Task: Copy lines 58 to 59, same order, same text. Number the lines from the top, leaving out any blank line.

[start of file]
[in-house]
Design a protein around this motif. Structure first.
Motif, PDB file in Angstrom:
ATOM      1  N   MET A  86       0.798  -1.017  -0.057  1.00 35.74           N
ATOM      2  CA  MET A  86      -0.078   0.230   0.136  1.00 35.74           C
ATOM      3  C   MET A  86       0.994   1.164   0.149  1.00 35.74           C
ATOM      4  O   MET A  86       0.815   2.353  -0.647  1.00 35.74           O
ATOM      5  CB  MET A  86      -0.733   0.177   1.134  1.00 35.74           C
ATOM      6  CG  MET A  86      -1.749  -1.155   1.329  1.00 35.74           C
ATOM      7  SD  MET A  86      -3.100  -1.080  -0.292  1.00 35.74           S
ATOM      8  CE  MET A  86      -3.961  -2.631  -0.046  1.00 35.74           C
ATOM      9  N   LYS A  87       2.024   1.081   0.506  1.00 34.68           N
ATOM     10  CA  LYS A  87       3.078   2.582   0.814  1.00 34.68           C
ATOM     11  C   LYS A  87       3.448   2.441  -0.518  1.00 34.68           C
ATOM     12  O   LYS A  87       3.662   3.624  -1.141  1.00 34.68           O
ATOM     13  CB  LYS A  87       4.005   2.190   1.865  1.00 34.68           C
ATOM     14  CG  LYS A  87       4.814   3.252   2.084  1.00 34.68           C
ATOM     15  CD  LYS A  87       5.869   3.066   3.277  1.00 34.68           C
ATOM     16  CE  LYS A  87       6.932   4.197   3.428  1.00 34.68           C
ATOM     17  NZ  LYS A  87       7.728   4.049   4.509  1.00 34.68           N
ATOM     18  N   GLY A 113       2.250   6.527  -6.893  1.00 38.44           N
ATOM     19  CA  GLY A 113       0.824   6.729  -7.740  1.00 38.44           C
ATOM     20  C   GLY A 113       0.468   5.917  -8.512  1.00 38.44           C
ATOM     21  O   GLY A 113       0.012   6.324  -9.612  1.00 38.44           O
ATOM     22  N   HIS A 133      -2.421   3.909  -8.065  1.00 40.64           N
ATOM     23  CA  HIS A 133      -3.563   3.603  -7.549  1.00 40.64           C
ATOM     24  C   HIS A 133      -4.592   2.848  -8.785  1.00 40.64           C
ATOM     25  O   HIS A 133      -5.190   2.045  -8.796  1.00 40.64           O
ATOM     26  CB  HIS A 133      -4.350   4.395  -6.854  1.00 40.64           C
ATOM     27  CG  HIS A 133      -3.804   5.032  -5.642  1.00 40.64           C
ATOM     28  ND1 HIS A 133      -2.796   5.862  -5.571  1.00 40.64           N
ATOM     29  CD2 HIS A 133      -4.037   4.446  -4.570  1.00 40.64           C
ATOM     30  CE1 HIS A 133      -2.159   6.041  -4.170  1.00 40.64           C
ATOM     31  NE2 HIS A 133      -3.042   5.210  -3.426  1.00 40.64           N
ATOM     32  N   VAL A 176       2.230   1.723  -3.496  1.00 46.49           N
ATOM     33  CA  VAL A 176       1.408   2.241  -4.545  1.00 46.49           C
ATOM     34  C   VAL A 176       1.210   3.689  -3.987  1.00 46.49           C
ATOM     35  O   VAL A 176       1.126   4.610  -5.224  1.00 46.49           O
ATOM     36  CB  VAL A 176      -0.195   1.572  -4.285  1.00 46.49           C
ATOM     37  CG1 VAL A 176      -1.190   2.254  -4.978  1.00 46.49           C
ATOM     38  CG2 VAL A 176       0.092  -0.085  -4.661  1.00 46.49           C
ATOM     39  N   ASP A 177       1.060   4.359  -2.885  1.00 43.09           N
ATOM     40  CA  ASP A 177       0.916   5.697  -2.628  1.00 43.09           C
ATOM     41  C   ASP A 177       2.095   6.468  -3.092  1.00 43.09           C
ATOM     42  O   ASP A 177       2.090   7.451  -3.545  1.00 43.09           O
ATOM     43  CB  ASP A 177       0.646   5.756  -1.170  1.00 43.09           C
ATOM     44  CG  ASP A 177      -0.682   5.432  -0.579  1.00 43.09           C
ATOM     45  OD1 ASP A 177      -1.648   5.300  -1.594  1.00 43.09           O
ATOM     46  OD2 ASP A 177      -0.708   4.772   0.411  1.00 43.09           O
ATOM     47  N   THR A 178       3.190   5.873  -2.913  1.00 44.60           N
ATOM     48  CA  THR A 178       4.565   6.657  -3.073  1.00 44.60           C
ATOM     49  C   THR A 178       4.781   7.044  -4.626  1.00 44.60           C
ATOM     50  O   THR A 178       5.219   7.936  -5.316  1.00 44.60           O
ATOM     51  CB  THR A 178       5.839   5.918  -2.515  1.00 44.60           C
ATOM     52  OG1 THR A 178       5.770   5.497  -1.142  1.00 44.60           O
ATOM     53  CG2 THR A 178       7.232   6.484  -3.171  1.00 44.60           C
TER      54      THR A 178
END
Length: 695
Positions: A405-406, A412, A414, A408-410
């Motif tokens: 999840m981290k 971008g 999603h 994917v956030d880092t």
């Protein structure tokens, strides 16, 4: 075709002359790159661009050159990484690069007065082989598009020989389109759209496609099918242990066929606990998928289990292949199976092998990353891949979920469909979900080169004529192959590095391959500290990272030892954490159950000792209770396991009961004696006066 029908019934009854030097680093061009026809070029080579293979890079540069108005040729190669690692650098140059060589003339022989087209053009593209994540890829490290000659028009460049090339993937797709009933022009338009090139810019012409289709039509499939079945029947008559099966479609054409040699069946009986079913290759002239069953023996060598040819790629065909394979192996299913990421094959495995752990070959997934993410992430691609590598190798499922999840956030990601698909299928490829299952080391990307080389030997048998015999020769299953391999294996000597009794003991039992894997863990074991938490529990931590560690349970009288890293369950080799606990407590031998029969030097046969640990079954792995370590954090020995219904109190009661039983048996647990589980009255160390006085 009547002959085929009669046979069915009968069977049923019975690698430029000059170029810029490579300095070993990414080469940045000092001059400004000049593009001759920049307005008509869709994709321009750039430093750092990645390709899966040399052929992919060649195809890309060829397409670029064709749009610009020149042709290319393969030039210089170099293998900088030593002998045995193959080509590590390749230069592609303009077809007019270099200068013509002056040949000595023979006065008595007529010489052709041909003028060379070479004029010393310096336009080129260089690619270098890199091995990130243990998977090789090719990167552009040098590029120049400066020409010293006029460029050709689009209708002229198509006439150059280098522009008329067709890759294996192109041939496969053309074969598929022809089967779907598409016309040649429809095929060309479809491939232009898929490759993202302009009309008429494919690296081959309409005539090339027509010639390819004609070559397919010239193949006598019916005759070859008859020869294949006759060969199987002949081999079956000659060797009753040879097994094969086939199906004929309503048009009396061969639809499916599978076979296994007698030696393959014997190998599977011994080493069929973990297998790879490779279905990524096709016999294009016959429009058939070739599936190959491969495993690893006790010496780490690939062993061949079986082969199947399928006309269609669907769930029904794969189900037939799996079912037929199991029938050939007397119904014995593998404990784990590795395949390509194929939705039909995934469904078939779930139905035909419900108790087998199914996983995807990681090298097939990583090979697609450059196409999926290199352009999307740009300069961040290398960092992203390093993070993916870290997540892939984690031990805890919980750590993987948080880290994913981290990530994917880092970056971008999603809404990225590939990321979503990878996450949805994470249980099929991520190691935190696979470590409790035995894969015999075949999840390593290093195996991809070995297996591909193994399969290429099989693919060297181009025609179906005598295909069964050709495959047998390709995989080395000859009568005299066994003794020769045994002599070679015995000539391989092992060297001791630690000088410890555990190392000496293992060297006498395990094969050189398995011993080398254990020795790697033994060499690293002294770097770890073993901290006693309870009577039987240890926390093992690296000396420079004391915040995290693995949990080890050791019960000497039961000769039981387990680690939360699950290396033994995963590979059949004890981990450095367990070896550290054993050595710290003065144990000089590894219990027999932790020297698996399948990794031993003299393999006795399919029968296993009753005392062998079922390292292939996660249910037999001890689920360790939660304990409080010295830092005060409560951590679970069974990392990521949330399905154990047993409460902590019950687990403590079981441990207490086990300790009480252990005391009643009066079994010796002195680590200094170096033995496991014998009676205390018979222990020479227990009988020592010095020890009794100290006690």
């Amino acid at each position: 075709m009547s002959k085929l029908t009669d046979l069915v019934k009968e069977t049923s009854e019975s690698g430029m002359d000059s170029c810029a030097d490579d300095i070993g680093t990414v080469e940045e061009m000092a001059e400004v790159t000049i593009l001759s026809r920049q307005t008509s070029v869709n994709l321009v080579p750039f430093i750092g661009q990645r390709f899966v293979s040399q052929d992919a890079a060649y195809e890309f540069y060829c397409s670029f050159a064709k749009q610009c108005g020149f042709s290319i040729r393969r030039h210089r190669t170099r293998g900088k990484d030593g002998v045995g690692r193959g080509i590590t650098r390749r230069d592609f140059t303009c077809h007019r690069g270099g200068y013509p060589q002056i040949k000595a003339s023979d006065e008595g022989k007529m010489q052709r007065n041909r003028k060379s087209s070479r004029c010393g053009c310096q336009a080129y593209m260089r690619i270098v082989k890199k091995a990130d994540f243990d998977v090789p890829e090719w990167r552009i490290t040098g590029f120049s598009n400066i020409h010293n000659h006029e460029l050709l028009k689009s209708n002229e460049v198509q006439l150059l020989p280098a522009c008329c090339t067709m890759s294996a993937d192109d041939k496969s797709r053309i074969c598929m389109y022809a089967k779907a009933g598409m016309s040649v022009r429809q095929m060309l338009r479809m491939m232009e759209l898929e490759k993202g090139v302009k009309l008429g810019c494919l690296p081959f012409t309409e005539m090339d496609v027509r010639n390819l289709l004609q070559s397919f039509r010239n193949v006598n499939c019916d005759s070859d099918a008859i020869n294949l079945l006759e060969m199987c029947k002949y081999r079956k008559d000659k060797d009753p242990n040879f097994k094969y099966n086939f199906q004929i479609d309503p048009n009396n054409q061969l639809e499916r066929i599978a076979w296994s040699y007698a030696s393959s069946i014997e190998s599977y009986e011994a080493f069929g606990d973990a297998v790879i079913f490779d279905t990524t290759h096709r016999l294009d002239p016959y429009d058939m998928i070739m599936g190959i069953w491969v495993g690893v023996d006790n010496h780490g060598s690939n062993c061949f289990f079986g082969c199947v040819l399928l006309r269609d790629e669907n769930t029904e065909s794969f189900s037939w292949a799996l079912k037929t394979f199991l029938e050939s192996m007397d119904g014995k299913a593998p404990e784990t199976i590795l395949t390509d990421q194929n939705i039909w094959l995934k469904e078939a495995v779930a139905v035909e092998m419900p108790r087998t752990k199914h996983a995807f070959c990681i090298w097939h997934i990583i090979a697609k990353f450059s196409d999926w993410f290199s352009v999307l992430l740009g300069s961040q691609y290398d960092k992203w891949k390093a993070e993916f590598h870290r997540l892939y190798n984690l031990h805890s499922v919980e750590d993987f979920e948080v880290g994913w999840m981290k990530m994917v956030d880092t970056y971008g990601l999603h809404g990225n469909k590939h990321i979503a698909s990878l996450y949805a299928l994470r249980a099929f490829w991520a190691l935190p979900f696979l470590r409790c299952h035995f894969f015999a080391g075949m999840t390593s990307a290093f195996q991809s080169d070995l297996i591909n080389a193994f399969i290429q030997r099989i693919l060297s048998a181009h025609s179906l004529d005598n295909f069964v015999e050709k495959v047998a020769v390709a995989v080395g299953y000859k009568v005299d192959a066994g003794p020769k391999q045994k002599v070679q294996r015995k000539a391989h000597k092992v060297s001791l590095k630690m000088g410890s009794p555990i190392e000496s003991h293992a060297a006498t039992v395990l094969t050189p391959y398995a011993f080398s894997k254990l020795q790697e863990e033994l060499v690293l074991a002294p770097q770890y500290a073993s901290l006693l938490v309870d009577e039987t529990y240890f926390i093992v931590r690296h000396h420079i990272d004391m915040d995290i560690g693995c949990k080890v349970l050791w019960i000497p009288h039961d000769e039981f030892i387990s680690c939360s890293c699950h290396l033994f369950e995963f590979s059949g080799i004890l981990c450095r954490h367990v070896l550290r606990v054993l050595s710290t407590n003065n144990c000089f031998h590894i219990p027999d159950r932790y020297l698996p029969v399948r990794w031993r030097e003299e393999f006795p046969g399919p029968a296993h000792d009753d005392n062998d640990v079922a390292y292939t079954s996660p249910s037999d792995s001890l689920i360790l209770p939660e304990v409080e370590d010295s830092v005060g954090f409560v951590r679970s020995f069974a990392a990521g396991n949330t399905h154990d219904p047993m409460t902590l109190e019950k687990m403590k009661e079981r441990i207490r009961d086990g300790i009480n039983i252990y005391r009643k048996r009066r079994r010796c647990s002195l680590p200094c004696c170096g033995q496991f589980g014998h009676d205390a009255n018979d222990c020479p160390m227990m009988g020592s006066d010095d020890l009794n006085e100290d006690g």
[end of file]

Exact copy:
END
Length: 695